Scientific Research Funding Gets Significant Boost in Economic Stimulus Legislation

Congress has delivered to President Barack Obama a hard-fought legislative package including tax cuts and targeted spending designed to boost the flagging economy.

Congress has delivered to President Barack Obama a hard-fought legislative package including tax cuts and targeted spending designed to boost the flagging economy. The American Recovery and Reinvestment Act of 2009 (H.R. 1) weighs in at $787.2 billion. Spending on scientific research is an important feature of the legislation. An intense lobbying effort by Nobel laureates, health and scientific organizations, including APA, helped make the case that research provisions would provide short-term and long-term economic benefits.

National Institutes of Health (NIH): The conference agreement provides $10 billion for NIH. Of this amount, $8.2 billion is directed to the Office of the Director, with $7.4 billion to be transferred to the Institutes, Centers, and Common Fund, and $800 million retained for the Office of the Director. Most NIH institutes and centers (ICs) would enjoy record-breaking budgets in FY 2009.

The conference agreement provides $1.3 billion for the National Center for Research Resources (NCRR), with $1 billion for "competitive awards for the construction and renovation of extramural research facilities" and $300 million for "shared instrumentation and other capital equipment." The conference agreement also provides $500 million for the Buildings and Facilities account to be used for construction and renovation of NIH intramural buildings.

To read the bill’s provisions about NIH, see pages 153-156 of the Conference Report - Division A.
National Science Foundation (NSF) – H.R. 1 includes $3 billion for NSF (compare to the FY 2008 budget of $6.1 billion). $2 billion will go to research grants distributed through NSF’s regular peer review process. The bill also provides $300 million to the Major Research Instrumentation program, competitively awarded instrumentation grants for university researchers, and $200 million to restart the Academic Research Infrastructure program, for competitively awarded laboratory construction grants.

$100 million will go to the Education and Human Resources Directorate, including $60 million to the Noyce Teacher Scholarship Program, $25 million to the Math and Science Partnerships program, and $15 million to a new Professional Masters Science Program authorized in the America COMPETES Act. Major Research Equipment and Facilities Construction (MREFC) spending of $400 million would accelerate the construction of major research facilities with unique capabilities at the cutting edge of science.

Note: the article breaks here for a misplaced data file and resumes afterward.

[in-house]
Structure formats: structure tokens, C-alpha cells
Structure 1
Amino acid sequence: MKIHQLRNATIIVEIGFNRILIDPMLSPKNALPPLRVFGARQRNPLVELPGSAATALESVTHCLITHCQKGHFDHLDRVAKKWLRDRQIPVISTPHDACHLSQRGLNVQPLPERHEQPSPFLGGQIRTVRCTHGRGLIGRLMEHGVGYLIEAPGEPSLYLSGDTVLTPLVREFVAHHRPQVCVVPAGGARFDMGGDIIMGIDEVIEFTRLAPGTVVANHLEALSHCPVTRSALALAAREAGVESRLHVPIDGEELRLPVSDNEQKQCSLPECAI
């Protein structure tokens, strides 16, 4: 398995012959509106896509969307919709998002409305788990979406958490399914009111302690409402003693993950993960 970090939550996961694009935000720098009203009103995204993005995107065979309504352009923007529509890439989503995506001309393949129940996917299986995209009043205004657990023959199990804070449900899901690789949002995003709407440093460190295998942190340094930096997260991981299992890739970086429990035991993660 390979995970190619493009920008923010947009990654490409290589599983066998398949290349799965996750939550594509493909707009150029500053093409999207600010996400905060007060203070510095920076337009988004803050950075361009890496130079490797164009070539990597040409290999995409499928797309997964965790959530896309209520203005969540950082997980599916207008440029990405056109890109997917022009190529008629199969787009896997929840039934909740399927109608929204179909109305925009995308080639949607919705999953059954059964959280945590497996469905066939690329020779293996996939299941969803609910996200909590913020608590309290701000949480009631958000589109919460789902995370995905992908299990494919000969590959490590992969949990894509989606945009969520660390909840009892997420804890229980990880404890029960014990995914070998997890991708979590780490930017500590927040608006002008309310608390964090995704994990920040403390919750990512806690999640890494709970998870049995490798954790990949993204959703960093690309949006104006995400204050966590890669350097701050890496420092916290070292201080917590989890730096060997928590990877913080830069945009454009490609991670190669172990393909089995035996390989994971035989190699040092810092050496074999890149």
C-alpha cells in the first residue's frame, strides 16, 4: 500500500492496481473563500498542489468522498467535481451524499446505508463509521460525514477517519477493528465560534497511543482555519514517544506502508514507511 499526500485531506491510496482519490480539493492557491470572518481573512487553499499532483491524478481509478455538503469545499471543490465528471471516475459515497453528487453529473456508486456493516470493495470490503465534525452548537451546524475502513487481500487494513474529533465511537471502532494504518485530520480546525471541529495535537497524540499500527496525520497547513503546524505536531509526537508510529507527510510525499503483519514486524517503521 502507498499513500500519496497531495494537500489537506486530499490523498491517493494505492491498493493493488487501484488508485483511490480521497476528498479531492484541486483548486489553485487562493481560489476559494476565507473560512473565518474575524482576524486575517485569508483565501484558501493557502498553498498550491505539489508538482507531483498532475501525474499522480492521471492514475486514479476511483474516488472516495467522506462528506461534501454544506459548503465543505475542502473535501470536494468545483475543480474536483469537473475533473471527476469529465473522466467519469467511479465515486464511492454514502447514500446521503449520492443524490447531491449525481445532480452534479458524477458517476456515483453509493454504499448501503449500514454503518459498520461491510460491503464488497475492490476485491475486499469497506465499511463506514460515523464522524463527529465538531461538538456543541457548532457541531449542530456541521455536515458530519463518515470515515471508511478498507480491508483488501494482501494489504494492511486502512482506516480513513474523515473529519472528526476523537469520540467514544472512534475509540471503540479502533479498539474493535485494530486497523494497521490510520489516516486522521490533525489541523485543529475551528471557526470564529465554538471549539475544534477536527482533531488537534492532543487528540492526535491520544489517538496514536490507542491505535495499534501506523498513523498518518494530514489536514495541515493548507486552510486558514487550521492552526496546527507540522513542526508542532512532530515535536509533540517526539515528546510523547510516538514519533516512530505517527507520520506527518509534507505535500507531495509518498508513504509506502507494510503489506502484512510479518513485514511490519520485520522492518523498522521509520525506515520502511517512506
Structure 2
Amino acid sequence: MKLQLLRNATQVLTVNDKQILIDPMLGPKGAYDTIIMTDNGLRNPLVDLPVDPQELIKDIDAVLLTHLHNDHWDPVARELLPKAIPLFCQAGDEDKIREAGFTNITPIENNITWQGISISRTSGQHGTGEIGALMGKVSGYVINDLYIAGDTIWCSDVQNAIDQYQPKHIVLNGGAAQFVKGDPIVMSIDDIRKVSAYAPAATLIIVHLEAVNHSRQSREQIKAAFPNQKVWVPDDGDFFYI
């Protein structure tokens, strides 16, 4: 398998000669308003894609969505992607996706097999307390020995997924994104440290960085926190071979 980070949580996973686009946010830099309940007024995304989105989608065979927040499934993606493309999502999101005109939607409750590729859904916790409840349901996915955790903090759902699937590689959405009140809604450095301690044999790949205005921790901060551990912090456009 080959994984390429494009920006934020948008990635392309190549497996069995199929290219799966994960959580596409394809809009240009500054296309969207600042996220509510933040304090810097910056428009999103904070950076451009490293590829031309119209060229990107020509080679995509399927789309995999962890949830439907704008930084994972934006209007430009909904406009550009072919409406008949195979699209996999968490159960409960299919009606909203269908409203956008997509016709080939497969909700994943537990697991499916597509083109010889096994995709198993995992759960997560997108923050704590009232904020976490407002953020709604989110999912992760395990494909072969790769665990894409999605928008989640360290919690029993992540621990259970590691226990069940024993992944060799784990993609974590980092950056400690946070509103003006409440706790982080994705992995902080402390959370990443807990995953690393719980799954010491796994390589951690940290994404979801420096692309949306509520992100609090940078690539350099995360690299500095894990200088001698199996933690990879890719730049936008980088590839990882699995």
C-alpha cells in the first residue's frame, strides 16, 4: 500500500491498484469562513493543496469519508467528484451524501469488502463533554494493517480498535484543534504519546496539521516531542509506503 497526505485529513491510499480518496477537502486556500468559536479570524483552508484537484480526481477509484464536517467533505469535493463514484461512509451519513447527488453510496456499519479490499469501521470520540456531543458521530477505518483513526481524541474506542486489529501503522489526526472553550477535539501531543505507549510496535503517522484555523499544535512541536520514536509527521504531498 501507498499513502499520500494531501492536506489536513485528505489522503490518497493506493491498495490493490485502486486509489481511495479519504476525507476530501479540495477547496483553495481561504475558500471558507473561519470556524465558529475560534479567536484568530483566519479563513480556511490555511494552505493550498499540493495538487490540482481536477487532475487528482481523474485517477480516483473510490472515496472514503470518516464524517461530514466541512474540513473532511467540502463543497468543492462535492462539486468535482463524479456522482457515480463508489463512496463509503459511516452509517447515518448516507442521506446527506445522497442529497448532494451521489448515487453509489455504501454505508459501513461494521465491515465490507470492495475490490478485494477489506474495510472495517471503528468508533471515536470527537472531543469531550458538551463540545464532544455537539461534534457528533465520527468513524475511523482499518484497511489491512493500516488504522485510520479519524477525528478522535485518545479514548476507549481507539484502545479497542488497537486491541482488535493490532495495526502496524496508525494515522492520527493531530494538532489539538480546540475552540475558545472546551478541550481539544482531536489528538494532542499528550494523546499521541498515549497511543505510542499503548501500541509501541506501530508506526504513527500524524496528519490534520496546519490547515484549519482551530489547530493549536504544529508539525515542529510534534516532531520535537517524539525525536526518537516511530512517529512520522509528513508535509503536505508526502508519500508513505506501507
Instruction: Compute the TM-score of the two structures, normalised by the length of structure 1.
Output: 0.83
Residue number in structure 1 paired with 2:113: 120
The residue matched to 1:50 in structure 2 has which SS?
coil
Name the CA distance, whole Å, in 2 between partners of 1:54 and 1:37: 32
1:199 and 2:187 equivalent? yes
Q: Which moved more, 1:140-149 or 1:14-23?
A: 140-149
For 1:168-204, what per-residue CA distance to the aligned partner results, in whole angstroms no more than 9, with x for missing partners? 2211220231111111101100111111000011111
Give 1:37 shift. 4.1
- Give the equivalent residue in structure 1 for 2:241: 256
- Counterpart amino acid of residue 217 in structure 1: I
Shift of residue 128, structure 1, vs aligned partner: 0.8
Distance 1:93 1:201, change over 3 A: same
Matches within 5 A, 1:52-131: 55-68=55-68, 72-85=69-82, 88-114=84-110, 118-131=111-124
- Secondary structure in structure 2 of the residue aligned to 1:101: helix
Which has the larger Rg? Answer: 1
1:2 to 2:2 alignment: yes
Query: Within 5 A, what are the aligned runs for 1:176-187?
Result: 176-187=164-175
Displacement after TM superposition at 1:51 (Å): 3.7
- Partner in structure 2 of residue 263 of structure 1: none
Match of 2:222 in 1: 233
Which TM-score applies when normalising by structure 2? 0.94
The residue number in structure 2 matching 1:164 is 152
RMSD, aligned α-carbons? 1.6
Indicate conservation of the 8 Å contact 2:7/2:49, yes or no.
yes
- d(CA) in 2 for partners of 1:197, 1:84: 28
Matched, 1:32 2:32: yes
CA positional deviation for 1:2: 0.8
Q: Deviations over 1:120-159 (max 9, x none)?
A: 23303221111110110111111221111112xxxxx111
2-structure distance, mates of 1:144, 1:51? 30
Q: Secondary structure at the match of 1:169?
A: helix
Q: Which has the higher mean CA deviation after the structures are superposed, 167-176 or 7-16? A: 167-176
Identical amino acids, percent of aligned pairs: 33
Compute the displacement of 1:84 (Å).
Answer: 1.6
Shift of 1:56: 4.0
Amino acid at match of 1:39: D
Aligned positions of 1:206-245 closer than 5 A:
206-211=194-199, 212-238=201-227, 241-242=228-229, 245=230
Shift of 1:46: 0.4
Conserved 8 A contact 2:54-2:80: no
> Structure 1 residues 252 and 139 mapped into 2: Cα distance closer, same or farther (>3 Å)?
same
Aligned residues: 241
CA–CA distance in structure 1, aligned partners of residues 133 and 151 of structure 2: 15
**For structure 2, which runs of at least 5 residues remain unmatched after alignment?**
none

H.R. 1 also includes funding for research at the National Aeronautics and Space Administration ($1 billion); Department of Energy ($1.6 billion to the Office of Science); Department of Defense ($200 million for energy-related research); and other scientific agencies.

A detailed breakdown of stimulus appropriations with comparisons to earlier year budgets appears on the website of the American Association for the Advancement of Science (AAAS).

The AAAS also provides a good analysis of the tensions within scientific agencies about how best to spend this unprecedented infusion of new funds: “The final stimulus bill challenges the major R&D funding agencies to spend these large stimulus appropriations quickly, while at the same time spending them well. The final stimulus bill does not contain provisions in earlier versions of the bill requiring nearly all of the funding to be awarded within 120 days of when the President signs the bill into law, but the intent remains to spend the money as quickly as possible to provide immediate economic stimulus. Nearly all of the money is designated as FY 2009 money, and most agencies are now allowed to obligate funds until the end of September 2010, and spend out the money even after that if necessary.”

Agencies are certainly under pressure to spend the money quickly, but accountability measures are being established to keep track of how the money is spent and how many jobs are created. Watch for a site to provide real-time public disclosure.

Acting NIH Director Raynard Kington, MD, PhD, explained in an interview for National Public Radio why scientific research was a good candidate for stimulus spending, with so many peer reviewed projects approved but unfunded.

In response to action alerts from APA, members spoke out on the research provisions in H.R. 1. Some made phone calls to their Senators in support of the Specter amendment, ultimately approved, to provide $10 billion total to NIH. Others phoned to maintain funds for the National Science Foundation in the bill. Although NSF funds were dropped out of the Senate version of the bill, the conference report added the funds back.

Check out future issues of SPIN as APA Science Government Relations staff help track the expenditure of research funds in the stimulus legislation, and share news about any changes in research management that may accompany the passage of H.R. 1.